Sunday, February 24, 2013

Thoughts on Grading Schemes

I spent my entire reading week grading an assignment from the first year game development course I TA for.  The assignment was to design a board game with rules that did not exceed two pages, a board represented on one 8.5 x 11 page, and a one page design document / reflection.  The marking scheme is one of the reasons it took me so long to finish, which caused me to reflect on marking schemes in general.

Grade cutoffs
Grade cutoffs / ragesoss

In my own experience, it has been rare to be on either side of an assignment (doing it or grading it) that had a very specific marking scheme.  My very first professor in a programming class was one of the exceptions: every one of his assignments broke down exactly how each mark from the total could be obtained.  This was hugely beneficial to me as a student, because I knew exactly what was expected.  Perhaps it was even more beneficial to whoever had to grade it, since they essentially got a checklist to go through, allowing them to evaluate each assignment in the same way.

I often hear objections to this sort of scheme, the biggest being that with a checklist, students have too much spelled out for them.  I disagree — if the scheme is done correctly, it should not take away the need to think.  If students are able to use the marking scheme to get a perfect grade, then the work that results from that should be exactly what constitutes good work, demonstrating the student learned what they were supposed to.  Besides, some of the marks in the scheme can be reserved for more subjective assessments, such as how creative the assignment was.

Creating a really good scheme takes a lot of effort and time, but if the person who created the assignment, and thus knows it best, doesn't do it, the grader will.  Chances are, the grader isn't going to do it formally; it will likely happen subconsciously as they go through each assignment, noticing issues here and there.  And that will make it difficult to be consistent.  It also requires either writing out a lot of specific feedback that helps justify the grade given, or assigning a grade somewhat arbitrarily and hoping the student doesn't come back to ask where it came from.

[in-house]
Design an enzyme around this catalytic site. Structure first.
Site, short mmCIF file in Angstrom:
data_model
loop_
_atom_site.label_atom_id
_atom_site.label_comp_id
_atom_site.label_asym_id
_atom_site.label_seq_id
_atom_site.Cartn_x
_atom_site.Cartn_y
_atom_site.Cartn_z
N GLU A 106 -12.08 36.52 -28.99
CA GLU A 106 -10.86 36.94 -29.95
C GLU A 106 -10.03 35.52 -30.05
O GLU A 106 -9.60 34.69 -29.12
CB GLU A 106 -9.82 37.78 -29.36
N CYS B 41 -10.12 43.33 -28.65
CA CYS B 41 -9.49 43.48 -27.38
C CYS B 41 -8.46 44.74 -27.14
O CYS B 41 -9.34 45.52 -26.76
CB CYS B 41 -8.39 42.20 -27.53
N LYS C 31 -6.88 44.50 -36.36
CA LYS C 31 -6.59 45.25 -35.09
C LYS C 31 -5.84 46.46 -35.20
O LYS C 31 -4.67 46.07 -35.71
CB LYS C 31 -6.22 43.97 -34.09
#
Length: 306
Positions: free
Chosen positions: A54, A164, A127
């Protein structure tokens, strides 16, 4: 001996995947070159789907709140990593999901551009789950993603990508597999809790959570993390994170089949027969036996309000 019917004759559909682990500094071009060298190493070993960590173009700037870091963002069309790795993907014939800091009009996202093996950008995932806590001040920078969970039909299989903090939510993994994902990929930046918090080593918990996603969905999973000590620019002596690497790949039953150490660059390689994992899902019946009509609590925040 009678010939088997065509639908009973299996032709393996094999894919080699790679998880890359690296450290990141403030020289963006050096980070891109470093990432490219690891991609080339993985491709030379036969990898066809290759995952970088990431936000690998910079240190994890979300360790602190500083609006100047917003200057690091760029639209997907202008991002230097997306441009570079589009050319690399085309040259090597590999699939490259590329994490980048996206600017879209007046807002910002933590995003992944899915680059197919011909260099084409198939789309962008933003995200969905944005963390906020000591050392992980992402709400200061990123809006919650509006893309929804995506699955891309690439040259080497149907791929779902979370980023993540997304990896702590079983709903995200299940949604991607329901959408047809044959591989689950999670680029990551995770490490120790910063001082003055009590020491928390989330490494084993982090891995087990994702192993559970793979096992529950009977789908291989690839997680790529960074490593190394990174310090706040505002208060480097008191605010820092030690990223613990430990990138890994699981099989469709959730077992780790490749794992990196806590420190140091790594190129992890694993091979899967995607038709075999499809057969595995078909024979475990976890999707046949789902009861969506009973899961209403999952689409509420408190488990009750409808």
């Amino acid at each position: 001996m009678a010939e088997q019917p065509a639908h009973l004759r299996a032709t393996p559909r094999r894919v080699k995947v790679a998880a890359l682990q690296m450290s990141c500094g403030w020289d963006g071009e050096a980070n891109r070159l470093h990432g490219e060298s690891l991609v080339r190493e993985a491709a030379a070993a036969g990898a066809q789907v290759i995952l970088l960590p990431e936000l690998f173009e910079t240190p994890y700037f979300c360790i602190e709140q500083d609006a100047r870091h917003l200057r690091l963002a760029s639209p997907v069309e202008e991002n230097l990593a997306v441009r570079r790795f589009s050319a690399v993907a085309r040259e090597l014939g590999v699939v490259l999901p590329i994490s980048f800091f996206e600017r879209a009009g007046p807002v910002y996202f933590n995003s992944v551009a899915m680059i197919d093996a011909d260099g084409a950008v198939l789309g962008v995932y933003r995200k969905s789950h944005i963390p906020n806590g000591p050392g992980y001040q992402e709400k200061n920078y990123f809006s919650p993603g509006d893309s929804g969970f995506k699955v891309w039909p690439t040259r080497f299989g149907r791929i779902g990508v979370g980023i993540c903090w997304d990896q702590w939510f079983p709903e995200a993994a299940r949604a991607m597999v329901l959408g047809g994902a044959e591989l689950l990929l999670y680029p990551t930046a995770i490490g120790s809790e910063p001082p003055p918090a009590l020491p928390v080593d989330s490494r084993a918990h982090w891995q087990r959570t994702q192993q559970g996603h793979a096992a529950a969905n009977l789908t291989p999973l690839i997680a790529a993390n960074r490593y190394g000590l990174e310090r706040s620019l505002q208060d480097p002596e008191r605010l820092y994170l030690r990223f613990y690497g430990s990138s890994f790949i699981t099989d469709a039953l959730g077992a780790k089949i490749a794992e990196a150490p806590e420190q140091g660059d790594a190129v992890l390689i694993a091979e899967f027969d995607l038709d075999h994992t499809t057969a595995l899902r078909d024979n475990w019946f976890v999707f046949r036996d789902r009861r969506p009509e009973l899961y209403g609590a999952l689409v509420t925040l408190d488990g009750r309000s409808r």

I really believe that a good, specific marking scheme benefits everyone in the long run.  I used such schemes when I taught without realizing how important they were at the time, and I am vowing to myself now that I will continue to do so.


Anonymous said...

But it is the detailed specific feedback that is valuable, not the mark, so eliminating that is a false savings.

I've always found it very difficult to come up with "point schemes" for the assignments I give—I am often surprised by students going in unexpected directions (both in good and bad ways). There are some general things I look for (correctness, clarity, completeness, and conciseness, for example). But a student can be told to redo an assignment that is very good in many ways, if it fails miserably in one important way.

That is hard to capture in any sort of grading rubric (though I've seen attempts from SBG proponents to do so).

Gail Carmichael said...

I totally agree that written feedback is also important. I actually don't think that should disappear.

I also think it's fair to say that point schemes don't necessarily fit all assignments. (Though in some cases a more general rubric instead of a checklist style scheme might work - I've found success with that in the past as well.)

But I also have to say that for the assignments I've created that had specific criteria, I still found students expressing their creativity and going in unexpected directions. Maybe I just got lucky, but it leads me to believe that the best (or almost best) of all worlds seems feasible... :)

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